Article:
I continue to be intrigued with how the digital identity is formed. I began this class really understanding very little about my digital footprint and in all honesty not caring much. As the journey continued I felt fear. As with most fear it was fueled by the unknown. I was growing more and more concerned with what was available online that may reflect negatively on me. I have had a shift happen over the last week or so moving from fear to empowerment. I now recognize that I need to manage my digital footprint and increase the positive aspects so that as I pursue a career as an administrator I have a strong positive online presence.
The article Teachers, Take Care Of Your Digital Footprint suggests that it is easy to manage my digital footprint… So how does one do that?
- Google yourself so that you know what is out there and use variations on your name.
- Brand yourself by using the same name over multiple platforms and try to make it unique if your name is fairly common.
- Get a space of your own to create the positive digital footprint you want. This may be a Twitter or a blog account.
- Stay on top of things by signing up for google alerts (I am not sure how to do this or how effective it would be).
This week I was thinking about all of the discussions at school about Facebook and the items some students were posting. I recognize the urgency to teach students how to manage their footprint responsibly. Just look at the impact it had on the young man in this video.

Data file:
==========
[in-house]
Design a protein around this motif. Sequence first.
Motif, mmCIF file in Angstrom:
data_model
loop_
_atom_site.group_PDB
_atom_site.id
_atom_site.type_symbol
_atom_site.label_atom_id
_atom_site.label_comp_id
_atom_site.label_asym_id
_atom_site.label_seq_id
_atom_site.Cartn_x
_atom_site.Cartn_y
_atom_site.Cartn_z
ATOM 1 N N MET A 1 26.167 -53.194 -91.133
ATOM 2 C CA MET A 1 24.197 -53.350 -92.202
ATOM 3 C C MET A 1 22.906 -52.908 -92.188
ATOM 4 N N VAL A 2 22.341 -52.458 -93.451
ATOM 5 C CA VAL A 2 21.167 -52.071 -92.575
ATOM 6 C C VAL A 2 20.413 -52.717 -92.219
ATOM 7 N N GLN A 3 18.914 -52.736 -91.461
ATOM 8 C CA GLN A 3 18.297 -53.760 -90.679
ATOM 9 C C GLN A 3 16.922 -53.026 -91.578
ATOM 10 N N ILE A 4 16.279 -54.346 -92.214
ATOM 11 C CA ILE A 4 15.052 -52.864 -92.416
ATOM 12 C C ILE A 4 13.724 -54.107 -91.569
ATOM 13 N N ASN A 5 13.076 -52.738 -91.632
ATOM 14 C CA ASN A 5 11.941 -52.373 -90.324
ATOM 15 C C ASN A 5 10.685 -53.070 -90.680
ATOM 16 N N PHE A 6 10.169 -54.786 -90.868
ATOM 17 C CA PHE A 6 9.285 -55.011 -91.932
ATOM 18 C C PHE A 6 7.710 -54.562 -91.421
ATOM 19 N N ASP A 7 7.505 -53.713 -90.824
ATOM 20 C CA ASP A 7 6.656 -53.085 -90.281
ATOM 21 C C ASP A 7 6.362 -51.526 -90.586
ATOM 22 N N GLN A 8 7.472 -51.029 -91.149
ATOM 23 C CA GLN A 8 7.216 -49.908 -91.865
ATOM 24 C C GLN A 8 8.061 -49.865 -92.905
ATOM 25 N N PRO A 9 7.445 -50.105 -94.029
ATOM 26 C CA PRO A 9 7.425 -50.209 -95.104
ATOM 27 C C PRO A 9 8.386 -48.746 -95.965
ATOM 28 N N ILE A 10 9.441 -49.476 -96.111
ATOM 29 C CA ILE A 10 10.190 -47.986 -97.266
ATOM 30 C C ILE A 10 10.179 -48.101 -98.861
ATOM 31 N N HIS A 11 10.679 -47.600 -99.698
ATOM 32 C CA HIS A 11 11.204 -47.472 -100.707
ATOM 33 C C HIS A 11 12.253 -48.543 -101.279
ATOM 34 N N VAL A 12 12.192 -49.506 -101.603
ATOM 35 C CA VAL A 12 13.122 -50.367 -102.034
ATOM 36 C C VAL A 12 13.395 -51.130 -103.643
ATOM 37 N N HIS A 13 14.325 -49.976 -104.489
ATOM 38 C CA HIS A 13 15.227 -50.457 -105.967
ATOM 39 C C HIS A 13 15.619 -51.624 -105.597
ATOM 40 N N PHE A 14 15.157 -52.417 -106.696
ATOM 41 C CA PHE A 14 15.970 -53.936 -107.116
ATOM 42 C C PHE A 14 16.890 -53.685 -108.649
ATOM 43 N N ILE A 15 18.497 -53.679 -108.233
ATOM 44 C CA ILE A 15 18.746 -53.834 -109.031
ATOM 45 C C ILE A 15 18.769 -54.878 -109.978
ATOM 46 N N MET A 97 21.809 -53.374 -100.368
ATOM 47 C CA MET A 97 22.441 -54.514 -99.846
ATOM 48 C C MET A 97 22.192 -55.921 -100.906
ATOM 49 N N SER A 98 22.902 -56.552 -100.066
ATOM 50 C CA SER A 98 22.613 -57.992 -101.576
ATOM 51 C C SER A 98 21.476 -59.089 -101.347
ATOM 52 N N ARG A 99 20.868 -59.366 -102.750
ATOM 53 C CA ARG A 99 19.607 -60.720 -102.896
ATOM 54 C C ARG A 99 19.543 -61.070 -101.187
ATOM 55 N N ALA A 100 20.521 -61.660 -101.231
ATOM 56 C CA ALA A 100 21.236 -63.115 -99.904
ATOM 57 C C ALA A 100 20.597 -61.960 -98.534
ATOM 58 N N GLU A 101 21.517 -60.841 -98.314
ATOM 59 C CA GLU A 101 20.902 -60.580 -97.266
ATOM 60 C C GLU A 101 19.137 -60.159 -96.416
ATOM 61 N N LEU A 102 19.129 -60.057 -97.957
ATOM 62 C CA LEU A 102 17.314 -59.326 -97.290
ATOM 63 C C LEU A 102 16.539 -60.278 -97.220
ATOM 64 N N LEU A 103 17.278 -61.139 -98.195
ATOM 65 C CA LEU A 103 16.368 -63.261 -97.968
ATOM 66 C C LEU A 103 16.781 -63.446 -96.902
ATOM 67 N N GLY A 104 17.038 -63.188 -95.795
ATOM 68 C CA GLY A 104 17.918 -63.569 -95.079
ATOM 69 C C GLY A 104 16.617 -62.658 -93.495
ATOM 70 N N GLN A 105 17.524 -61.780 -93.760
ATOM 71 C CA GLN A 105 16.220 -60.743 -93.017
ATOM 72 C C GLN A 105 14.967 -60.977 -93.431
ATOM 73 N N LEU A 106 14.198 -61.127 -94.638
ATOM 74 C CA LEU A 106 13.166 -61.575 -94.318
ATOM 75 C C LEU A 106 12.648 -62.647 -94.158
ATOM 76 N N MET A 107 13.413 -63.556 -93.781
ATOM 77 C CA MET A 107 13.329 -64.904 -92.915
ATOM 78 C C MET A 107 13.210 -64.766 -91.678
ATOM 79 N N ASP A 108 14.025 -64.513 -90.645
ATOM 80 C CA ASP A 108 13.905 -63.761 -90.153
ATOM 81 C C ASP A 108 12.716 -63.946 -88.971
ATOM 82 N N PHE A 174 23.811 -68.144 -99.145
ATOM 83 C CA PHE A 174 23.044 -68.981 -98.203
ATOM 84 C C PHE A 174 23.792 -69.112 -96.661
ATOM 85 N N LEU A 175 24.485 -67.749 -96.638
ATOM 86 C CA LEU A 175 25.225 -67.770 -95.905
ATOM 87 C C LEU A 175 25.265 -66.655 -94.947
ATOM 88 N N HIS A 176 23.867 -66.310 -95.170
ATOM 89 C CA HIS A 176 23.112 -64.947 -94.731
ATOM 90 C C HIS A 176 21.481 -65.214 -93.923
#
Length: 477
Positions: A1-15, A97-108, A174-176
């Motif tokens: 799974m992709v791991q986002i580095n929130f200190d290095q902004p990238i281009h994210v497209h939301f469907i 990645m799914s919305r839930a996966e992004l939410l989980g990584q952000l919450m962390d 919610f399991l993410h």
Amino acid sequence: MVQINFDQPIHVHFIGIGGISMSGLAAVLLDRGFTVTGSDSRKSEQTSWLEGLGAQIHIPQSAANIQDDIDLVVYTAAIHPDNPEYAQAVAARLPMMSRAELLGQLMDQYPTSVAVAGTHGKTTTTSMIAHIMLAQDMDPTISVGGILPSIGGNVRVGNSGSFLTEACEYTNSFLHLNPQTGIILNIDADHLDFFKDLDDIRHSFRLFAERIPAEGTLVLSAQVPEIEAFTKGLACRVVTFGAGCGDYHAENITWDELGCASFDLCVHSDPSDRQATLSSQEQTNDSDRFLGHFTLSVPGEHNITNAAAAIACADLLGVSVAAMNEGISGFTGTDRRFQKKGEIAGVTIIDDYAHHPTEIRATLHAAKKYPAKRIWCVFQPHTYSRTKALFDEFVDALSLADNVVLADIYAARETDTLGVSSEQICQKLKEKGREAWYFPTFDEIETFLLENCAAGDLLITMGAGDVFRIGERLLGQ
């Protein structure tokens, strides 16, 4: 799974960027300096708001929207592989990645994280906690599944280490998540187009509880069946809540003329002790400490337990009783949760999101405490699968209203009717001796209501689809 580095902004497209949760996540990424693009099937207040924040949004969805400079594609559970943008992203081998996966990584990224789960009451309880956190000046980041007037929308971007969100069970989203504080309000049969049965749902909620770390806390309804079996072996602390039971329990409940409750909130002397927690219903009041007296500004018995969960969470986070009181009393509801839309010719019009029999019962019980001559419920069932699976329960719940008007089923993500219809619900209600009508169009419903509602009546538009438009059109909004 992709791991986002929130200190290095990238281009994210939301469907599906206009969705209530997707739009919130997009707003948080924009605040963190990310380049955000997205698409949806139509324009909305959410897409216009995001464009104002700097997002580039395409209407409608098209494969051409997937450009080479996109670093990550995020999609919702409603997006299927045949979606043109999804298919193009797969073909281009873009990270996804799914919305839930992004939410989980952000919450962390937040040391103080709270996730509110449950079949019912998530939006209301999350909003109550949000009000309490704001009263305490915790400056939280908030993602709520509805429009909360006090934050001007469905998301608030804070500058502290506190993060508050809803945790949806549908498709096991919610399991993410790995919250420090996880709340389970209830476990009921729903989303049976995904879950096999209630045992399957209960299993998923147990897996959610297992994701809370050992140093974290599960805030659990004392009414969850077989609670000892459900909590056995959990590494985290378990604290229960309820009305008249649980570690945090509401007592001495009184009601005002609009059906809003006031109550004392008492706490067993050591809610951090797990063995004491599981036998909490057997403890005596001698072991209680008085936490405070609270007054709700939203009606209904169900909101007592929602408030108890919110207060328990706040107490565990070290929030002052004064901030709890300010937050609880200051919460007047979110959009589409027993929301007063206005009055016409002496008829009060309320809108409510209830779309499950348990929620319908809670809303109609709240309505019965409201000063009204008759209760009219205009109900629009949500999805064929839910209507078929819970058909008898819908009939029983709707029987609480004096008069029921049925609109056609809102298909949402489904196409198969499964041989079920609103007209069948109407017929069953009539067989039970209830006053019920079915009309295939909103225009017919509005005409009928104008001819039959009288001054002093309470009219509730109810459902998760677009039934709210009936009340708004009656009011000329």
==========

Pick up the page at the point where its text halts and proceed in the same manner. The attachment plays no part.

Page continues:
I wholeheartedly agree with my classmate Amy Scuka in her blog post Viewing Critically, Posting Thoughtfully that we need to model “positive digital footprints for students” and show “them the good that can come from social media”. She included picture of a poster to remind us to think before we post and it made me think of this video “5 Ways to Make a Positive Digital Footprint” that could be used for middle years. It was a quick reminder about creating a positive digital footprint. It is similar to the philosophy that Addictions counsellor Rand Teed asks students when they are in a position to make a choice on how they respond to something. Is what you are thinking true, helpful, inspiring, necessary and kind? It also applies to how we respond online in a more critical way because once we post it, it is seem by hundreds of people instantaneously.
This is another video that was created by High School educators that explored how to create and manage a positive digital footprint. It is a great resource to share with senior elementary and high school students. I forwarded it on to the staff in my school to share with their students. It made me rethink (again) what I have posted online and what others have posted. In this same video Dann Hurlbert encourages us to take control of our footprint so that when people do a search for you online it shows the positive rather than negative and it “increases your marketability and reveals a responsible and respectful personal life”.
“If you aren’t controlling who you are online, some else is or will.” Steven W. Anderson
How do you manage your digital footprint?